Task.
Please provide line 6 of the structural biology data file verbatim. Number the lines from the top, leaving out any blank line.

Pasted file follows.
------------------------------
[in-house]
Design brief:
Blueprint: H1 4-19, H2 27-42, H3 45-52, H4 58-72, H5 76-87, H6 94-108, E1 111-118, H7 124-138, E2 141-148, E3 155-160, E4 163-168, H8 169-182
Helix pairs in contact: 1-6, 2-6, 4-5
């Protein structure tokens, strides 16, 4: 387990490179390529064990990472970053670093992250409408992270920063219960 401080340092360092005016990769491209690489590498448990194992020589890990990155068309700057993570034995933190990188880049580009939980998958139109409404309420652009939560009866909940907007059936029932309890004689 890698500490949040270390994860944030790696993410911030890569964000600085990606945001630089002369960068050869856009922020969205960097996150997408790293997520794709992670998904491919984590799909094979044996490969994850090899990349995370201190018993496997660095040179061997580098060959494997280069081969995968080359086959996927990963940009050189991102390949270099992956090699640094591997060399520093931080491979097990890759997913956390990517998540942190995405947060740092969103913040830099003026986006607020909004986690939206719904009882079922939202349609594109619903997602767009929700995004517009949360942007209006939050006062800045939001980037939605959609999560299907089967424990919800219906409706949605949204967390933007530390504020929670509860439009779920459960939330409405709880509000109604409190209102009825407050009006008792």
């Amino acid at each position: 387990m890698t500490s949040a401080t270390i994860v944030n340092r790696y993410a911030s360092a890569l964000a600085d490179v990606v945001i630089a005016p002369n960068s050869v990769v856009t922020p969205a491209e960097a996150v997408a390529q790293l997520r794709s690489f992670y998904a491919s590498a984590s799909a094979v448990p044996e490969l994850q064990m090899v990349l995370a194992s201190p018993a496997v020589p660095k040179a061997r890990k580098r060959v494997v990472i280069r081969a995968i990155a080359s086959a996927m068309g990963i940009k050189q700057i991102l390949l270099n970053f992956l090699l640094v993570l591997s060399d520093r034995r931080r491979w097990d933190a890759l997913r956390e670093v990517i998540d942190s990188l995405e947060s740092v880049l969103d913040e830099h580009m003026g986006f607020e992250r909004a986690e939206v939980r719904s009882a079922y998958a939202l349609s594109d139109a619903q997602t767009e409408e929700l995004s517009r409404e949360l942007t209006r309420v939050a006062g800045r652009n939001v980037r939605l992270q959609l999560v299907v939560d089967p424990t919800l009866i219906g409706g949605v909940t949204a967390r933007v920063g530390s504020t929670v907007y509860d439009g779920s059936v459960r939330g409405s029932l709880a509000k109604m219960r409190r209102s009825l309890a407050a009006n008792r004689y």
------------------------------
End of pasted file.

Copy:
């Amino acid at each position: 387990m890698t500490s949040a401080t270390i994860v944030n340092r790696y993410a911030s360092a890569l964000a600085d490179v990606v945001i630089a005016p002369n960068s050869v990769v856009t922020p969205a491209e960097a996150v997408a390529q790293l997520r794709s690489f992670y998904a491919s590498a984590s799909a094979v448990p044996e490969l994850q064990m090899v990349l995370a194992s201190p018993a496997v020589p660095k040179a061997r890990k580098r060959v494997v990472i280069r081969a995968i990155a080359s086959a996927m068309g990963i940009k050189q700057i991102l390949l270099n970053f992956l090699l640094v993570l591997s060399d520093r034995r931080r491979w097990d933190a890759l997913r956390e670093v990517i998540d942190s990188l995405e947060s740092v880049l969103d913040e830099h580009m003026g986006f607020e992250r909004a986690e939206v939980r719904s009882a079922y998958a939202l349609s594109d139109a619903q997602t767009e409408e929700l995004s517009r409404e949360l942007t209006r309420v939050a006062g800045r652009n939001v980037r939605l992270q959609l999560v299907v939560d089967p424990t919800l009866i219906g409706g949605v909940t949204a967390r933007v920063g530390s504020t929670v907007y509860d439009g779920s059936v459960r939330g409405s029932l709880a509000k109604m219960r409190r209102s009825l309890a407050a009006n008792r004689y």